Optometrist or ophthalmologist? Which one's right for you? You won't see a surgeon for your yearly physical. Right? Likewise, you probably wouldn't call up your family doctor's practice if you knew that you needed to have your appendix out.
Why choose an optometrist vs. an ophthalmologist? Keep in mind, optometrists have graduate-level training and receive a doctor of optometry (D.O.) degree. Ophthalmologists are medical doctors, and receive an M.D. Before scheduling your next eye doctor appointment, consider:
The need for specialized care. If you have a very specific problem that requires more than general medical advice, an ophthalmologist may be the way to go. Ophthalmologists may have special training in a more focused area, notes the American Association for Pediatric Ophthalmology and Strabismus (AAPOS). Known as sub-specialists, these professionals complete additional training on top of what is required to become an M.D.
Whether you might need a medication or not. Both optometrists and ophthalmologist can prescribe eye medications. That said, an M.D. (such as an ophthalmologist) can prescribe a variety of meds, while an optometrist is limited by state regulatory laws.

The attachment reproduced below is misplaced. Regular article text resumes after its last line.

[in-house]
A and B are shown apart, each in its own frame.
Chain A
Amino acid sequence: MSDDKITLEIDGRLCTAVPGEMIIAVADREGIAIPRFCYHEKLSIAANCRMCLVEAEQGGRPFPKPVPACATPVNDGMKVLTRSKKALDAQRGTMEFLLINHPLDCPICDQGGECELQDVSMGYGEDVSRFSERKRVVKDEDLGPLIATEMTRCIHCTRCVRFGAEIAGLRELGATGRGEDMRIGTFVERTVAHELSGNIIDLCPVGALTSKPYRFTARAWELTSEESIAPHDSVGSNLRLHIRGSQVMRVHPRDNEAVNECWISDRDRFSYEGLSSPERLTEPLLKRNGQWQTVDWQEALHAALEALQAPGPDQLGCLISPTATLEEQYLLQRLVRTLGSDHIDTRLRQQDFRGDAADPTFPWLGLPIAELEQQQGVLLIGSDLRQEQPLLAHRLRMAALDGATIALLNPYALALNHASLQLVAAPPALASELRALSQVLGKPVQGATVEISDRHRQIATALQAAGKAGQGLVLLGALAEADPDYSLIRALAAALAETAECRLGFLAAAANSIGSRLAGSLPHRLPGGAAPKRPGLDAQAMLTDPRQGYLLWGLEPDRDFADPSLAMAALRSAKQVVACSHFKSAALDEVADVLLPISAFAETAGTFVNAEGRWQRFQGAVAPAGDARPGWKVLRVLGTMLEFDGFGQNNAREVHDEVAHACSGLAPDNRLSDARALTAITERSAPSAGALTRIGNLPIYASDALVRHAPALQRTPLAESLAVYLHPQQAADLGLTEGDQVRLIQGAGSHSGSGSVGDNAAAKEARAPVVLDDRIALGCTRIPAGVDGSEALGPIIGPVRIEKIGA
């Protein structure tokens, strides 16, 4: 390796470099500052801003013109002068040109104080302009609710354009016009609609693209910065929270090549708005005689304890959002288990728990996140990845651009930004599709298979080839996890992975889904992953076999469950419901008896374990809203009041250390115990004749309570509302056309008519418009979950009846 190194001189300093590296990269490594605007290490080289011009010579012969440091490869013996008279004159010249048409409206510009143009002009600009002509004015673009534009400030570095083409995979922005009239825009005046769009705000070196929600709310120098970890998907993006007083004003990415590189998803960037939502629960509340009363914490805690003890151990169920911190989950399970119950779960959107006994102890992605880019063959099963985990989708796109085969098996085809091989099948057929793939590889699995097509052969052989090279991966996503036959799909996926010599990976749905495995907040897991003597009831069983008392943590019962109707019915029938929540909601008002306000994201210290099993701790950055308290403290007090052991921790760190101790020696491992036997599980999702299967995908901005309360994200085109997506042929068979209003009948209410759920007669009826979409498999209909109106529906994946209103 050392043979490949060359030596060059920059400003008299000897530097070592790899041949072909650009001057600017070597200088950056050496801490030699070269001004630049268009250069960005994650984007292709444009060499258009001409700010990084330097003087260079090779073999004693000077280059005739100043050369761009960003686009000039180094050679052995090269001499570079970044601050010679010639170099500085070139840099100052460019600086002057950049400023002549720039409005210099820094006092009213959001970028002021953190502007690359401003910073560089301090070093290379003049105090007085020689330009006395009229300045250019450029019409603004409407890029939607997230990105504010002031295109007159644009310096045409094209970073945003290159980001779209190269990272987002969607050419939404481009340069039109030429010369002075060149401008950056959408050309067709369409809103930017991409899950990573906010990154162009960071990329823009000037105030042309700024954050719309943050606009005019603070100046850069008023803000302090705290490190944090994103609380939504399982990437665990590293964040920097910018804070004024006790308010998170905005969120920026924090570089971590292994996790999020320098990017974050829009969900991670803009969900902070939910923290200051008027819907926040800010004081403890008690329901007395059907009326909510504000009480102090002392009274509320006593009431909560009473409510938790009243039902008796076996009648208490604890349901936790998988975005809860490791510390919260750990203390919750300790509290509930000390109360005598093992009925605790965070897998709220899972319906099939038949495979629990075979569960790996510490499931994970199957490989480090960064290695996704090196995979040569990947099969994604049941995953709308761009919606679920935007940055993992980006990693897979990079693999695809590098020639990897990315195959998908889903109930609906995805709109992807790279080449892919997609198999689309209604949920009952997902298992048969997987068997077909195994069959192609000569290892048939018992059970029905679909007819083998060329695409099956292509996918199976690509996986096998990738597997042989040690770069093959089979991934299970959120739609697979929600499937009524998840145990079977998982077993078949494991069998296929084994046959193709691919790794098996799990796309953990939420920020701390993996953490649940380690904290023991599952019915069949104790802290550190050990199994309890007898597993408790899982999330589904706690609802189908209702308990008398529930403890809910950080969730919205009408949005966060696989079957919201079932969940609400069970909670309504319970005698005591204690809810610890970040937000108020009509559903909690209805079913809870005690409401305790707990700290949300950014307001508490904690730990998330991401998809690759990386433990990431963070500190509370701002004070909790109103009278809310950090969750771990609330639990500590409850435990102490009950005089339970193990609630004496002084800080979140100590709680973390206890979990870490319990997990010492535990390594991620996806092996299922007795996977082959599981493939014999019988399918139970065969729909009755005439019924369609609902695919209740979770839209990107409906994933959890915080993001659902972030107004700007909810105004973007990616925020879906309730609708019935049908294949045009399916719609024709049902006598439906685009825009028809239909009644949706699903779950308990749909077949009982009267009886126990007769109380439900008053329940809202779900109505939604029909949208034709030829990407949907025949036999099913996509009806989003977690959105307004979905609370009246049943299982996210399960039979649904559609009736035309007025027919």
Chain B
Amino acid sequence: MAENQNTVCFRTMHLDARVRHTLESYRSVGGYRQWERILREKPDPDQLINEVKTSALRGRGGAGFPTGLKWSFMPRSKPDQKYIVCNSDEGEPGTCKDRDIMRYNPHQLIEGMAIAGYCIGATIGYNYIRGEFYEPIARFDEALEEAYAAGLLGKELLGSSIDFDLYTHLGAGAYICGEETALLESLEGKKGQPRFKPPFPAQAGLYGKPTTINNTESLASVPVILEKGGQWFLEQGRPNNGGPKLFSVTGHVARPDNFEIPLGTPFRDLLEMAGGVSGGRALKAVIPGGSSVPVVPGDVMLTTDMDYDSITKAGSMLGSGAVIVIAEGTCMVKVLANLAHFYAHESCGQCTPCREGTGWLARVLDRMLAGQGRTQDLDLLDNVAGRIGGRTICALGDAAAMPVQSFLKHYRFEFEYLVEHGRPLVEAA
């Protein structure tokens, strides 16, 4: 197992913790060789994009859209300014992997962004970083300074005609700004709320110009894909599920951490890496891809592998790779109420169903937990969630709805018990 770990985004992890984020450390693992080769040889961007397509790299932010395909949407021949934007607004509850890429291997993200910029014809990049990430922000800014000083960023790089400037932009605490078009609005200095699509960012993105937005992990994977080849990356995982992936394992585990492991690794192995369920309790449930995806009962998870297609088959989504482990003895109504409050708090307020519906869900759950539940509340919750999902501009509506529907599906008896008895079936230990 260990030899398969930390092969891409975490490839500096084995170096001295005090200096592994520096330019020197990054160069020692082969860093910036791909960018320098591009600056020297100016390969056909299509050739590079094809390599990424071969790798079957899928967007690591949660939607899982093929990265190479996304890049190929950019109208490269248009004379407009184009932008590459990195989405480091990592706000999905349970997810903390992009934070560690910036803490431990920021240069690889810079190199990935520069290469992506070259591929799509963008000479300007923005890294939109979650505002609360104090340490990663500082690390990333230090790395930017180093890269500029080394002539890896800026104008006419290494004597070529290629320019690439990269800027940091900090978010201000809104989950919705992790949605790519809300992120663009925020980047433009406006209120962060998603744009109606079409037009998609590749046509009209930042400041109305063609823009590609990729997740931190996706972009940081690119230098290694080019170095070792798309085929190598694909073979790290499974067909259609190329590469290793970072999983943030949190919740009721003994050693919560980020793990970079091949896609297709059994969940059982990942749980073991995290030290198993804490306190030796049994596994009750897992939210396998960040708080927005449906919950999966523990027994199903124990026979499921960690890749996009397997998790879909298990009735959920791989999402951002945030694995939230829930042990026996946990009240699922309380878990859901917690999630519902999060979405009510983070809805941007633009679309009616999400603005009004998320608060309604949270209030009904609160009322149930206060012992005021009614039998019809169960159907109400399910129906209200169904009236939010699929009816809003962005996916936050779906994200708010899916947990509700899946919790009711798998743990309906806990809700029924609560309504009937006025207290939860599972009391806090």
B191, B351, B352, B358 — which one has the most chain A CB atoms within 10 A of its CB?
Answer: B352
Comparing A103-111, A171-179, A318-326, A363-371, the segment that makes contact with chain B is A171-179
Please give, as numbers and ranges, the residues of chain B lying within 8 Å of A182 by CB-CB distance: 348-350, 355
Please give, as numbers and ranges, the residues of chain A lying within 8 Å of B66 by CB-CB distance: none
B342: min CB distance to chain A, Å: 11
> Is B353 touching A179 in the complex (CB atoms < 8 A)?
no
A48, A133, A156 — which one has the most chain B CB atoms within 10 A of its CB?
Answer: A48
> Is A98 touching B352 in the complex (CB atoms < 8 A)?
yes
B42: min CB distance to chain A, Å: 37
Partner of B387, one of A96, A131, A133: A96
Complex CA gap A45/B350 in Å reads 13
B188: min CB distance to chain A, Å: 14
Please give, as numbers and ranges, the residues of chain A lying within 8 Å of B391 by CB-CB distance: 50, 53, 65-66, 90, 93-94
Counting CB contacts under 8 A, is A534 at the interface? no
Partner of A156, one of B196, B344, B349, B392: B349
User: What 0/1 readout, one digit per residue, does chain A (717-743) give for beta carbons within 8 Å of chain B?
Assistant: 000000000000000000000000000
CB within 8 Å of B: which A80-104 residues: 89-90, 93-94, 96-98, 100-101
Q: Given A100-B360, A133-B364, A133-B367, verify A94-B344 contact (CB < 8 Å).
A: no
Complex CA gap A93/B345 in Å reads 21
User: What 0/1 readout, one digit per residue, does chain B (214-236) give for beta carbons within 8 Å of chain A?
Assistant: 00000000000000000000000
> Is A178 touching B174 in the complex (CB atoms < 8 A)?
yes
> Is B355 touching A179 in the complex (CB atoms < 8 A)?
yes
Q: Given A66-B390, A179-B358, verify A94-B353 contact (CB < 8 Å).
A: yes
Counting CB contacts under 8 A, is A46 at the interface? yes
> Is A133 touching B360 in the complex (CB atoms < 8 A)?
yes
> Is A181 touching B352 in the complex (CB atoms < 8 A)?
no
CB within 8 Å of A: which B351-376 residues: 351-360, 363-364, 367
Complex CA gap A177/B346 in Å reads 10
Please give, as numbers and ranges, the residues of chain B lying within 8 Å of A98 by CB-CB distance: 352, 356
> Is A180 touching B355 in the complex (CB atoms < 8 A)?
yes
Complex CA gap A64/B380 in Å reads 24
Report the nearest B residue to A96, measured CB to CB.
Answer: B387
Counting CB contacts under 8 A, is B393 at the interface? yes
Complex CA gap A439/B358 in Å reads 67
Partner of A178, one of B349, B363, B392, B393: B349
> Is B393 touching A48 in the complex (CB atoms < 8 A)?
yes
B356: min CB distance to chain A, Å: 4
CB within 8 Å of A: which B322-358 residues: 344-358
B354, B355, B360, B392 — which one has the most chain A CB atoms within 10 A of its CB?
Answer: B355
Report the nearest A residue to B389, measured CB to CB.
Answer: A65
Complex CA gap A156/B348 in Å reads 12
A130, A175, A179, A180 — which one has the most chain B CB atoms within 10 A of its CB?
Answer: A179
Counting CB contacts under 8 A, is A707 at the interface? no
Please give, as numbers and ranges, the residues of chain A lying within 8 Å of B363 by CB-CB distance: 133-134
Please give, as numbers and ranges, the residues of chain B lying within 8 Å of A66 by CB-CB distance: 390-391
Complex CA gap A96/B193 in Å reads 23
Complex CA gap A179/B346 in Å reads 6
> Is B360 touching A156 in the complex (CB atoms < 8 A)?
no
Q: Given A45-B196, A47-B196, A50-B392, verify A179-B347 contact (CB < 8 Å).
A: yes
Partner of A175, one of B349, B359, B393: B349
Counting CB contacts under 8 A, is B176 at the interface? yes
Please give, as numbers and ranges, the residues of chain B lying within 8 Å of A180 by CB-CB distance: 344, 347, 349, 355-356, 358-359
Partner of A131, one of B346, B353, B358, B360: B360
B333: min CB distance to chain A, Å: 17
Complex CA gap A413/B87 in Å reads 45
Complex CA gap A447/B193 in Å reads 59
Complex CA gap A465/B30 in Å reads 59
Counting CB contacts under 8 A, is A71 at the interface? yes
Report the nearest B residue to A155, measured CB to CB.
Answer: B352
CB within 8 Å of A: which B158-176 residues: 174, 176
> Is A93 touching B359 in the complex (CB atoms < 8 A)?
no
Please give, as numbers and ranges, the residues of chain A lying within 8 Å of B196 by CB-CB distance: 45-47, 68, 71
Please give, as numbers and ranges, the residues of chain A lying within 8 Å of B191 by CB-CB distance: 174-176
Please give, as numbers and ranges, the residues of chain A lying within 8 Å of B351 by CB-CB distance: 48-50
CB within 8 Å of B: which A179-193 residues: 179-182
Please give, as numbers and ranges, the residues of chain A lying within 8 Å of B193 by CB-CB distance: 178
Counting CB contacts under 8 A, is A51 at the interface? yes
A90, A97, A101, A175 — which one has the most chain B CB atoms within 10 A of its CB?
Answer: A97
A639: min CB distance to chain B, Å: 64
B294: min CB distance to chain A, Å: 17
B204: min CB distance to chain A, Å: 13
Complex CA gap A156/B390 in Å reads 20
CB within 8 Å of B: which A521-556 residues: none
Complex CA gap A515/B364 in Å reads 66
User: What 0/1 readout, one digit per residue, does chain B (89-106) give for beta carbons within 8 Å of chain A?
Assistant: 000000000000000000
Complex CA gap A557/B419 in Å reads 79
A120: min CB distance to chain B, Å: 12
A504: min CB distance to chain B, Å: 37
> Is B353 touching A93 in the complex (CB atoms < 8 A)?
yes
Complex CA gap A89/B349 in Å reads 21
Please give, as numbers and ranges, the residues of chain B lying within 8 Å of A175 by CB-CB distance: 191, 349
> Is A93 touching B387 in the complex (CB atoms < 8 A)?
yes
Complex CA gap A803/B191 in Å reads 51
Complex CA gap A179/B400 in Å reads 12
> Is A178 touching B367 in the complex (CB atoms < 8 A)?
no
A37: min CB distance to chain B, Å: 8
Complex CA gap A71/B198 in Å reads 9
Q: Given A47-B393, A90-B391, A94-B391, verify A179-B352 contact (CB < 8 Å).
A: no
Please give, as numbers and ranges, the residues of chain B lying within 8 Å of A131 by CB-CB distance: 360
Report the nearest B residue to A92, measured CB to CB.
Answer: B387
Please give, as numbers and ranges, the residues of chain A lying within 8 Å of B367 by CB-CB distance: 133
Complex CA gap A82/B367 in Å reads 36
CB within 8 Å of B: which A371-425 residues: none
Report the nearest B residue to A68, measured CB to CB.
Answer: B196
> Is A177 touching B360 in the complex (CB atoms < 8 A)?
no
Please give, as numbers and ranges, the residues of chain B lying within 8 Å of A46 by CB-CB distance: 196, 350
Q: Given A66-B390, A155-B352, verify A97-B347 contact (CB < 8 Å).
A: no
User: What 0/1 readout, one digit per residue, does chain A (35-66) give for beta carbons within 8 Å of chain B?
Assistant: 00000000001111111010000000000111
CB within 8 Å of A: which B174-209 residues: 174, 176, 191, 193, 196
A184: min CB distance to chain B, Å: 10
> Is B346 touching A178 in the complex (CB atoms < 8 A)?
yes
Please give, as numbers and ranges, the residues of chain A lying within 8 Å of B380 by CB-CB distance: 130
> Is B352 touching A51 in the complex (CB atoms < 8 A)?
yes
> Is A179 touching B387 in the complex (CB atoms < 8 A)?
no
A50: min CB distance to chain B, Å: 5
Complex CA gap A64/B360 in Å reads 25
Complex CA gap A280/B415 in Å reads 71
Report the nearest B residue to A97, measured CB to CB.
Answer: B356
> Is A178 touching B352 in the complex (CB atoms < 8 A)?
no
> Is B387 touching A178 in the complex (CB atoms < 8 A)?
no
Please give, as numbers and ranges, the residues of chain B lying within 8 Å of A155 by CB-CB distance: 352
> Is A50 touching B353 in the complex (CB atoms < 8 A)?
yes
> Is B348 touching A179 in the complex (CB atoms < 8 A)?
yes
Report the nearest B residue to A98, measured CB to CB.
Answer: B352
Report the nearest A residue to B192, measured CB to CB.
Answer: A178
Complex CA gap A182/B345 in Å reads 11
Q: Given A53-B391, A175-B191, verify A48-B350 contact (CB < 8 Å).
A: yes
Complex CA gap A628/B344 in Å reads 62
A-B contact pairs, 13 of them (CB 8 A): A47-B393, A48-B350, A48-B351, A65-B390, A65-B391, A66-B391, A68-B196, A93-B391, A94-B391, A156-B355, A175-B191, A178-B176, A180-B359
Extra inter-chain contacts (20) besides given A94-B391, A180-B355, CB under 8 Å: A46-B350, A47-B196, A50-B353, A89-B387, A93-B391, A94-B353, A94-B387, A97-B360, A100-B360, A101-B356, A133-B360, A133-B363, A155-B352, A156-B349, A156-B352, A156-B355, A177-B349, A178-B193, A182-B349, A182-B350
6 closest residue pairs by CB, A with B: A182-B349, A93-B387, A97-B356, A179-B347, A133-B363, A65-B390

The reason for seeking care. Are you visiting the eye doctor for an annual exam? There's nothing really 'wrong' with your eyes, you have no pains and no problems. Basically, you're just checking in to make sure you're vision hasn't changed. If this is the case, an optometrist has everything you need when it comes to caring for your eyes.
Where you want to see the eye doctor. It may be easier to find an optometrist in your area, depending on where you live. Optometrists are more widely numbered than other eye care professionals, according to the American Optometric Association. With more than 32,000 D.O.'s practicing across the country, getting an appointment with an optometrist (for a regular exam) may be less of a challenge than finding an M.D. with an open slot.
Your age. Special populations, such as children or the elderly, may want to see an M.D. Ophthalmology subspecialties often involve extra training working with narrow populations of patients.
Along with these considerations, take into account your comfort level with the doctor and his or her specific qualifications. Even though there are licensing rules (for educational and experiential requirements), you still need to ask questions. Even if you don't need a specialist right now, you might in the future. If you opt for an optometrist, ask if he or she works with an M.D. or has an ophthalmologist in the practice just in case the need for one comes up. Contact places like Arizona Eye Specialists for more information.